Posted on July 12, 2014
Since I bought this 1949 Empire Aristocrat on Gumtree last weekend, two more Aristocrats have been listed on Australian eBay – one in better condition than mine, the other in worse.
There has been a surge of Empire Aristocrat interest on the Typosphere recently, with Nick B obtaining one while he was in England, Georg Sommeregger healing one of his, and Robert Messenger providing us with the latest in a series of Empire-related blog posts.
Manufactured by British Typewriters Ltd, West Bromwich, England
Serial No. L86531
Not being able to add anything useful to the information Robert has already provided, I took a more whimsical tack…
As Robert mentioned, The Empire Times, a company newsletter provided to The Black Country Bugle, by a Mr Fellows – whose wife Marlene was employed as a receptionist for British Typewriters from August 1954 until August 1961 – provides an interesting insight into the company post-war.
Dated October 1956, Mrs Fellows’ copy of the newsletter was the first edition to be published after publication was suspended during World War Two. The German Luftwaffe may have temporarily halted typewriter production after bombing the original factory in 1940, but they didn’t halt it for long:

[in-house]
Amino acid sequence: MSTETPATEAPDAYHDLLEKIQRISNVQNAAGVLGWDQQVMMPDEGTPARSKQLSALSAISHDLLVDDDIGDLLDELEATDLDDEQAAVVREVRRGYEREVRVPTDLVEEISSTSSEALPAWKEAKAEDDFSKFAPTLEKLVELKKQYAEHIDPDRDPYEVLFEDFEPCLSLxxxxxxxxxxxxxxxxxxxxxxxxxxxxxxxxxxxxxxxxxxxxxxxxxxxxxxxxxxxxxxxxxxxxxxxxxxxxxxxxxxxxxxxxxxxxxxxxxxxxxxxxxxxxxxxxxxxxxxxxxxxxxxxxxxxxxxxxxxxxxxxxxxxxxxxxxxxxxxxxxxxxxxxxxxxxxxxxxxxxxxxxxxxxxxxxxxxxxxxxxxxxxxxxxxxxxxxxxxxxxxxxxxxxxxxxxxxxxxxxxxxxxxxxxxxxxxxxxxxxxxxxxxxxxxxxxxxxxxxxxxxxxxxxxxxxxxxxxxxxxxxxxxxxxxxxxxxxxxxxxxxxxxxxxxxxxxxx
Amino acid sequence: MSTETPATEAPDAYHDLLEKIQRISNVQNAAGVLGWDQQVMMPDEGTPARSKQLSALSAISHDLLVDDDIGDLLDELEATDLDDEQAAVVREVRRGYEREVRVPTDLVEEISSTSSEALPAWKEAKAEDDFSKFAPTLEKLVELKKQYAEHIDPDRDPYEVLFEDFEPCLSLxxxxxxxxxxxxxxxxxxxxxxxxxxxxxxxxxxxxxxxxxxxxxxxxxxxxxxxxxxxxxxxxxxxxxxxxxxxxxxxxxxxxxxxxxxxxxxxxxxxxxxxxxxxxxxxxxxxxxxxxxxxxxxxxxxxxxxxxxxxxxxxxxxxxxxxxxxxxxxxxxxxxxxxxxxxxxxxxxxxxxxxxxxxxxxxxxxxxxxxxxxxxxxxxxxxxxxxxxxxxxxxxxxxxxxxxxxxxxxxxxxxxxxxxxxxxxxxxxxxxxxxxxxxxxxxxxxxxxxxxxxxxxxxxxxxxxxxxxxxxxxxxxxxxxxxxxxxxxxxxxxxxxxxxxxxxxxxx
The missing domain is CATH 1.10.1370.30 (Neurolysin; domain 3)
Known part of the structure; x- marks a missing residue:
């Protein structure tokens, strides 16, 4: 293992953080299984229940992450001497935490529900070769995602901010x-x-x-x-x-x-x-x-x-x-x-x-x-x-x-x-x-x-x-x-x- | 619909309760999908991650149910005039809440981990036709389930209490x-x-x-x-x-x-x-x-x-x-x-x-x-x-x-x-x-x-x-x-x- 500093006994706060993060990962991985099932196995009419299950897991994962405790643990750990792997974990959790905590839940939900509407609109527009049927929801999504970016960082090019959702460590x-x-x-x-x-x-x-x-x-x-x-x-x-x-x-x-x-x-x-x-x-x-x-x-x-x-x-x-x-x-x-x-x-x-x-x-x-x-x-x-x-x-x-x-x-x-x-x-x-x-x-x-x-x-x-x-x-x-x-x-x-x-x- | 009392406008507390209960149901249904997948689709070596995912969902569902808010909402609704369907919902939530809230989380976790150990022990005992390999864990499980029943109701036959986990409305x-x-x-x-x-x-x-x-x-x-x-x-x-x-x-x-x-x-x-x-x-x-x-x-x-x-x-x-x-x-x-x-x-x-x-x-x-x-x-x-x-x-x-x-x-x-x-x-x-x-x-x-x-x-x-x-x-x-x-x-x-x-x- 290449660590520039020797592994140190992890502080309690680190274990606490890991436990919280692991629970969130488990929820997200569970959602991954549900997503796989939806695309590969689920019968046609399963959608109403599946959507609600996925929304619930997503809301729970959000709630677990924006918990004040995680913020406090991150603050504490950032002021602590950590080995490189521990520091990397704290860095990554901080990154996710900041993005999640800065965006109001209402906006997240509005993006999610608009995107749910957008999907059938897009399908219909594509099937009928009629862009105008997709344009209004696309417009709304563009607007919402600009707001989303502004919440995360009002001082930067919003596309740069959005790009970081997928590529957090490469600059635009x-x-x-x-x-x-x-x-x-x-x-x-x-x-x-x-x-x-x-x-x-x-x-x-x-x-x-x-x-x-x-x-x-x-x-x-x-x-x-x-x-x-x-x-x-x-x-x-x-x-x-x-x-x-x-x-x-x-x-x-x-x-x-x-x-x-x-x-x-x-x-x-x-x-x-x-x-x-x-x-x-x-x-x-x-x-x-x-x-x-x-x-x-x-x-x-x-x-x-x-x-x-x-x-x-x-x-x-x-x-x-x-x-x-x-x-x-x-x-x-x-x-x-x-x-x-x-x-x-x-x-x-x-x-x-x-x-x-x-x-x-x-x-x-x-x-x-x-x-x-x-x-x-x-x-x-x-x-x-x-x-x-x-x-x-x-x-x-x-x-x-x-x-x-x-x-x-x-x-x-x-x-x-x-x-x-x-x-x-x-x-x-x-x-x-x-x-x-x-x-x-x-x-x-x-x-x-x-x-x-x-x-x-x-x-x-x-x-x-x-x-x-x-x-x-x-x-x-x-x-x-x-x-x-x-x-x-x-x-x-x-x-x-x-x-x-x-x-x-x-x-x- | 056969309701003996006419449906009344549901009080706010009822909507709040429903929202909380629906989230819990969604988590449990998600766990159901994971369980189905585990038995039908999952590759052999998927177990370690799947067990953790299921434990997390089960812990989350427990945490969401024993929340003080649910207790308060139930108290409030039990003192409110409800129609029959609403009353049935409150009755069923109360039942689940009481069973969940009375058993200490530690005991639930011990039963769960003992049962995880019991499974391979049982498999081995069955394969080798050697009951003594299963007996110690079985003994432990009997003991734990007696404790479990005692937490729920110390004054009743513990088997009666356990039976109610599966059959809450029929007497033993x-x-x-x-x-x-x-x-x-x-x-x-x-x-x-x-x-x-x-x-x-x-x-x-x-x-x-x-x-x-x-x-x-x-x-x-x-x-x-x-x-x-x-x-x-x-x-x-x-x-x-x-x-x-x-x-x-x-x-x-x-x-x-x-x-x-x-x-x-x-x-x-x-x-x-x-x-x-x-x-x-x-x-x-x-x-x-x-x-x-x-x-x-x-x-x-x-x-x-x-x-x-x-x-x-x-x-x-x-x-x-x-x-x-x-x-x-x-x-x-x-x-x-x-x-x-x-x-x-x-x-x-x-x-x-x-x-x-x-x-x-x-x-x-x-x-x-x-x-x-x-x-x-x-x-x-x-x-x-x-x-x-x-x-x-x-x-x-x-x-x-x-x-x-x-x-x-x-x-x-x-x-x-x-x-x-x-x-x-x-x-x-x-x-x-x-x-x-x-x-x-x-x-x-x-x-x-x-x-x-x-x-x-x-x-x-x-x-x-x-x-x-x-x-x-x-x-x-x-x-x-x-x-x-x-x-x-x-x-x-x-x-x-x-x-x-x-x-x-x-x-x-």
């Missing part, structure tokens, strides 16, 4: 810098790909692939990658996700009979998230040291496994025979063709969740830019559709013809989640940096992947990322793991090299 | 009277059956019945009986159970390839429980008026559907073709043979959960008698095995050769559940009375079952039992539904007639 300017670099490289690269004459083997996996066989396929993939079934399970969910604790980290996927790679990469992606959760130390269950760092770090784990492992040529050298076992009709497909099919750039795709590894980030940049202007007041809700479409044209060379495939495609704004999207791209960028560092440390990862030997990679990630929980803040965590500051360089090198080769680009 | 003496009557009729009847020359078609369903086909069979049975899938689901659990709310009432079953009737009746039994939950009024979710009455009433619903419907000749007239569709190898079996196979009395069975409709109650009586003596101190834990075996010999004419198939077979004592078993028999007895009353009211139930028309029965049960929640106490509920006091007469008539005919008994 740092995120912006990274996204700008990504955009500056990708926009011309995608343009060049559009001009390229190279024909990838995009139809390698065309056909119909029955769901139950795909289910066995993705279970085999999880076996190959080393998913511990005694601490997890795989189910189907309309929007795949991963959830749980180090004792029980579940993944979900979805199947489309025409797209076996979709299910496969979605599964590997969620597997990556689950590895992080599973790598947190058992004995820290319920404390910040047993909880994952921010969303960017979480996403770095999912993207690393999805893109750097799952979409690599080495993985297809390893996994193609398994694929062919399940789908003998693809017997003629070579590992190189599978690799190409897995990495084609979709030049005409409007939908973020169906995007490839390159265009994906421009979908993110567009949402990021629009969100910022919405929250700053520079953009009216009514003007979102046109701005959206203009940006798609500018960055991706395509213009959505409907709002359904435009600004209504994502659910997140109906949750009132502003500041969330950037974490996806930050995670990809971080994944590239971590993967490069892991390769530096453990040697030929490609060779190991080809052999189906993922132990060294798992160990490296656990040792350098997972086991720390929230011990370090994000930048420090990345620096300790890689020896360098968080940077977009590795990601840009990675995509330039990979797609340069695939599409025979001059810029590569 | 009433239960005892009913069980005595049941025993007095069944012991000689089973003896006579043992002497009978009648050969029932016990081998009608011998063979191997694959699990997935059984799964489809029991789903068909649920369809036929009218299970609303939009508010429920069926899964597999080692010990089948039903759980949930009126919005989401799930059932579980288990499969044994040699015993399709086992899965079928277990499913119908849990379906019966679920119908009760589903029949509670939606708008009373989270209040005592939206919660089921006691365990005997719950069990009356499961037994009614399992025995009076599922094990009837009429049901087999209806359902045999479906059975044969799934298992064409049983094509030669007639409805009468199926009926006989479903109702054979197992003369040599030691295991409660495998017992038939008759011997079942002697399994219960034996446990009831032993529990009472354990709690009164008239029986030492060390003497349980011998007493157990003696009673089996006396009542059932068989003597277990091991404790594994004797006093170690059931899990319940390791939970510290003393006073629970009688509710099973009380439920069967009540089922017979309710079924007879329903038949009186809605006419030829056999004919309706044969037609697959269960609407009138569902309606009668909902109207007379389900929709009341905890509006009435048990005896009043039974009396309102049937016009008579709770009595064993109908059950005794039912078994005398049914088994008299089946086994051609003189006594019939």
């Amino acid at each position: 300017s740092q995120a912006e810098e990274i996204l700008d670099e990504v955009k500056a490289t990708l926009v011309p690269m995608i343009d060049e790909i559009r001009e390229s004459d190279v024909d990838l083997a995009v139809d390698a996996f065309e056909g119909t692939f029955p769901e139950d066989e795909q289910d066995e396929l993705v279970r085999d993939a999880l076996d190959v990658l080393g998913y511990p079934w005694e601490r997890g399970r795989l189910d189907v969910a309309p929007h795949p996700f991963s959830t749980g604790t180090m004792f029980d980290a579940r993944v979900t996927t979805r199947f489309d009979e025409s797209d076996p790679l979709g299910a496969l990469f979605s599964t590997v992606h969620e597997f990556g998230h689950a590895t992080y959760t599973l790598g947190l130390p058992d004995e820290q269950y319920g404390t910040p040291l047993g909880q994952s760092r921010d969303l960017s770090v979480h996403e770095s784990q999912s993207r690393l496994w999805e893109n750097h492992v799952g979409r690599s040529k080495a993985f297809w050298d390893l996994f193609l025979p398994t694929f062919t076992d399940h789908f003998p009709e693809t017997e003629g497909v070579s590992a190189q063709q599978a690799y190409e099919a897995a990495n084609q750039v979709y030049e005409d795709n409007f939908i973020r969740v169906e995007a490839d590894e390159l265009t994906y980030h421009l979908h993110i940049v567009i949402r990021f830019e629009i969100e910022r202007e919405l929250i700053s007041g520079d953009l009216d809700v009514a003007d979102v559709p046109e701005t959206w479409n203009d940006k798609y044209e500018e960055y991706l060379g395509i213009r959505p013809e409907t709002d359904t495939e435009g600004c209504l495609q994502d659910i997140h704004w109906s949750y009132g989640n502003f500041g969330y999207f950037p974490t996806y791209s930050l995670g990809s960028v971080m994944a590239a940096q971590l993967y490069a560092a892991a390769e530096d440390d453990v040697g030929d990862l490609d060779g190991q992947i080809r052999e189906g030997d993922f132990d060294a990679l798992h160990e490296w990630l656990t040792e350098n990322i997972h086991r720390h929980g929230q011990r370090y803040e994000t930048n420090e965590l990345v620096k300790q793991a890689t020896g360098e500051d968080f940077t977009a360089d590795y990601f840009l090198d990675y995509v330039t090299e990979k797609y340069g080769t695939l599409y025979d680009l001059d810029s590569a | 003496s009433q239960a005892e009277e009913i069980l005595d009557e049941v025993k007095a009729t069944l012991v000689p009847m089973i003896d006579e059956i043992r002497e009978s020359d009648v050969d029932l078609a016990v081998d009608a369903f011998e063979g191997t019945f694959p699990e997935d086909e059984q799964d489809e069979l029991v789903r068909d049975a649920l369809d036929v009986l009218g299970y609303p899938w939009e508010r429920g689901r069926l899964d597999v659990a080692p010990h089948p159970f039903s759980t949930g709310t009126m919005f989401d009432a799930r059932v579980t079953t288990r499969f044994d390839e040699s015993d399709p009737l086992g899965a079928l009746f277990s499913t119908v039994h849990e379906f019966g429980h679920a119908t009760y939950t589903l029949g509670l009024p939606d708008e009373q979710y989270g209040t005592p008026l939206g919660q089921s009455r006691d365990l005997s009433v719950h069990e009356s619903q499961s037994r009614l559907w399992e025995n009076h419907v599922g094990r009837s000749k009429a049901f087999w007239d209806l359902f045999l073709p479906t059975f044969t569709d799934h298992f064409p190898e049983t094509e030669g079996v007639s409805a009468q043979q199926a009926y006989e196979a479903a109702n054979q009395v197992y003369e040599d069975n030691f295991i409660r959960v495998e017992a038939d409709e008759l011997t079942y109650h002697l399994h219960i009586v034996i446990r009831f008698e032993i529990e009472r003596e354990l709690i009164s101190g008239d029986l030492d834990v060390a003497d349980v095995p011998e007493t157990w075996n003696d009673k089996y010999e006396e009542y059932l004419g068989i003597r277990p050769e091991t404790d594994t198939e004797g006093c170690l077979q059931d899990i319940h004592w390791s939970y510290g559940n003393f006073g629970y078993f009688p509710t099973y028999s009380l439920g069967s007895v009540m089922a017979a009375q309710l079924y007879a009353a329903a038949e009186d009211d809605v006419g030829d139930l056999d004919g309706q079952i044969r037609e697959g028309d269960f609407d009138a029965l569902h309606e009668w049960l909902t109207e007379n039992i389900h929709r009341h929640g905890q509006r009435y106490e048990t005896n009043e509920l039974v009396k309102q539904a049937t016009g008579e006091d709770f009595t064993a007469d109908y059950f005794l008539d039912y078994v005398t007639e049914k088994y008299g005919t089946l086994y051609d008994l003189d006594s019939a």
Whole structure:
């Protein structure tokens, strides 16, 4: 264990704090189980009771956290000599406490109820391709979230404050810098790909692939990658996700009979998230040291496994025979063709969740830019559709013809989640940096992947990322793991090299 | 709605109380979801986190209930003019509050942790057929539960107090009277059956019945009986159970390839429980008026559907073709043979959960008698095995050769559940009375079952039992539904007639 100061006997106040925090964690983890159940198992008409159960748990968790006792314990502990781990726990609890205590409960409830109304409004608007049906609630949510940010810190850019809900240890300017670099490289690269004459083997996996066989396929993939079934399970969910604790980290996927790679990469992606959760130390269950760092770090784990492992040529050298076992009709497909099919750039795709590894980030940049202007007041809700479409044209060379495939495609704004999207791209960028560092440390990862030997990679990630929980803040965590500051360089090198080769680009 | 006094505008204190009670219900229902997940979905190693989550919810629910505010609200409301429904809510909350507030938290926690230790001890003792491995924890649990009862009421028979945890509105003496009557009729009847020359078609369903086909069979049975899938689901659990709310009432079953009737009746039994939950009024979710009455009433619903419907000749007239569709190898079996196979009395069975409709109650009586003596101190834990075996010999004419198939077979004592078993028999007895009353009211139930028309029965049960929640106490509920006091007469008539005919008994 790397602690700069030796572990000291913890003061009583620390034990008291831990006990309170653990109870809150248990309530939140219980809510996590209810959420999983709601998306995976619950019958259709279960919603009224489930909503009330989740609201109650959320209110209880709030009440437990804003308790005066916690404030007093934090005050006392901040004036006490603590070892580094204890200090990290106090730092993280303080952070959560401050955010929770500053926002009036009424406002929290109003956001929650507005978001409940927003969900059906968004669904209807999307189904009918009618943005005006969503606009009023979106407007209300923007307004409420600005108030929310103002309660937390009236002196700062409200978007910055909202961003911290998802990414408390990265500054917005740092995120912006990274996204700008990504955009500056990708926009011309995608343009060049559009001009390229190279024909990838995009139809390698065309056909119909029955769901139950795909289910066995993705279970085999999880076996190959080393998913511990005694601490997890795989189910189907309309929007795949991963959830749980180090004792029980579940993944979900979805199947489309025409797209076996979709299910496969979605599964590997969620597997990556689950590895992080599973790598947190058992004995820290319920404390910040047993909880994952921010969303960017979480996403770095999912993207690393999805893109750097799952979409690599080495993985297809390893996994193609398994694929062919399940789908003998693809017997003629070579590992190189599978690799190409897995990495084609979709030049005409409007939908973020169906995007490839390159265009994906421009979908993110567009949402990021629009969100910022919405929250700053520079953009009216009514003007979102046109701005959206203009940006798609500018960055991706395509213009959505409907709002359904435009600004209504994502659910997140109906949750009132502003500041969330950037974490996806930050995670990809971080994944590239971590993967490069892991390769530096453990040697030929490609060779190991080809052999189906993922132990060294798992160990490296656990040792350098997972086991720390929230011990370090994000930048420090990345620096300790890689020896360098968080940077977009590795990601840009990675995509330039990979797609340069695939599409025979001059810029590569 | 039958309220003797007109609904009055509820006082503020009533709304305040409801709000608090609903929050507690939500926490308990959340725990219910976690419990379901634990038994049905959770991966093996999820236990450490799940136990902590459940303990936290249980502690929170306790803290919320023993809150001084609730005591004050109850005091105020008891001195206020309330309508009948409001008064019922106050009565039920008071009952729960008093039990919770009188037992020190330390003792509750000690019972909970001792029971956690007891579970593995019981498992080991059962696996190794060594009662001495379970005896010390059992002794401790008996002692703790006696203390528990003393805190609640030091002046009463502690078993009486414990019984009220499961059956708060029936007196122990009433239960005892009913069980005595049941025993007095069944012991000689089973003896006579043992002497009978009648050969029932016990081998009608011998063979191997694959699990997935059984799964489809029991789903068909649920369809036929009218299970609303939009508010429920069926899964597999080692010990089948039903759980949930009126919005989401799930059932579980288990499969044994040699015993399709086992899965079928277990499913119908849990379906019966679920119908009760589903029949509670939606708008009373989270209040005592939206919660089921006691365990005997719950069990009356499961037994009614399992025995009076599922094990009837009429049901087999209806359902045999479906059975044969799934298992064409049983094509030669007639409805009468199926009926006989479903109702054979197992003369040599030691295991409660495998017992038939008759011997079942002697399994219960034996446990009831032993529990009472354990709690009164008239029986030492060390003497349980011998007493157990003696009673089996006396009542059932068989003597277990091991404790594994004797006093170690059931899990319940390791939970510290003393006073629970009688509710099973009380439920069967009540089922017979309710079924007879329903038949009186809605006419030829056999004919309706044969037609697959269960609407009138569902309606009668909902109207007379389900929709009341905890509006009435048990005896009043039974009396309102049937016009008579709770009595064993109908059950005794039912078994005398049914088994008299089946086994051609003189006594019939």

“Stocks of typewriters, components, jigs, drawings and some tools, were lost. Fortunately much of the modern production plant was saved. Production was transferred to temporary premises and later to an old soapworks, where production of the Empire Aristocrat began in 1948.”
Speaking about his wife, Mr Fellows remarked that: “Marlene doesn’t remember the Queen visiting — only Noele Gordon!”
Noele Gordon, as I well remember from my childhood, starred in a long-running English TV soap as Meg Richardson, the owner of a motel in the English Midlands…
These days, Crossroads has an online fan club, but in the days before computers and the Internet, the office of the Crossroads Appreciation Society made good use of a typewriter…
It may not be an Empire Aristocrat, but it is a typewriter that was manufactured in the English Midlands. We don’t get a clear look at it, however when you compare the distinctive carriage return lever above with the one below, you can be reasonably sure it’s an Imperial 66.
Reg Watson, pictured with Noele in the black and white photo below, helped establish ATV Network’s ATV Midlands in 1956 and went on to become the producer of Crossroads, which was first broadcast in 1964.
Reg Watson and an Olivetti Lexicon 80 (or Graphika) in the offices of ATV, 1972
Reg grew up on a sugar farm in Queensland and worked in the UK between 1955 and 1973 before returning to his native Australia, where he continued to devise and produce popular serials including The Young Doctors, Sons and Daughters and Neighbours.
Hoorah for Australia and it’s soap!
Hooray for the Empire!